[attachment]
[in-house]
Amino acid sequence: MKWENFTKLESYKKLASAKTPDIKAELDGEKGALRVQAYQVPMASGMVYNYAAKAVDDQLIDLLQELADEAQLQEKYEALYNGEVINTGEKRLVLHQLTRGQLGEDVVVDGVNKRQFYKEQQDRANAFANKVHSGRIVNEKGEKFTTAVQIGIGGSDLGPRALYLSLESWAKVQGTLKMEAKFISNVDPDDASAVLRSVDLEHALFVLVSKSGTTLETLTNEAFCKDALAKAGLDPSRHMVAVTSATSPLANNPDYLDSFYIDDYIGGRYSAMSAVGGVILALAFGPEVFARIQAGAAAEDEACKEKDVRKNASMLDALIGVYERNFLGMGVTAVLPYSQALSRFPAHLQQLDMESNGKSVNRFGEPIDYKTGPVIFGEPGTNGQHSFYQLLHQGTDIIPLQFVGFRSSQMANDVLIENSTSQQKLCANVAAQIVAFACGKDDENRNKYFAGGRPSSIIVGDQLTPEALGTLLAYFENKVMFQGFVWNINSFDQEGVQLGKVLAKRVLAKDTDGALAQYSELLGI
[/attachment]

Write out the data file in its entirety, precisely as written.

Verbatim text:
[in-house]
Amino acid sequence: MKWENFTKLESYKKLASAKTPDIKAELDGEKGALRVQAYQVPMASGMVYNYAAKAVDDQLIDLLQELADEAQLQEKYEALYNGEVINTGEKRLVLHQLTRGQLGEDVVVDGVNKRQFYKEQQDRANAFANKVHSGRIVNEKGEKFTTAVQIGIGGSDLGPRALYLSLESWAKVQGTLKMEAKFISNVDPDDASAVLRSVDLEHALFVLVSKSGTTLETLTNEAFCKDALAKAGLDPSRHMVAVTSATSPLANNPDYLDSFYIDDYIGGRYSAMSAVGGVILALAFGPEVFARIQAGAAAEDEACKEKDVRKNASMLDALIGVYERNFLGMGVTAVLPYSQALSRFPAHLQQLDMESNGKSVNRFGEPIDYKTGPVIFGEPGTNGQHSFYQLLHQGTDIIPLQFVGFRSSQMANDVLIENSTSQQKLCANVAAQIVAFACGKDDENRNKYFAGGRPSSIIVGDQLTPEALGTLLAYFENKVMFQGFVWNINSFDQEGVQLGKVLAKRVLAKDTDGALAQYSELLGI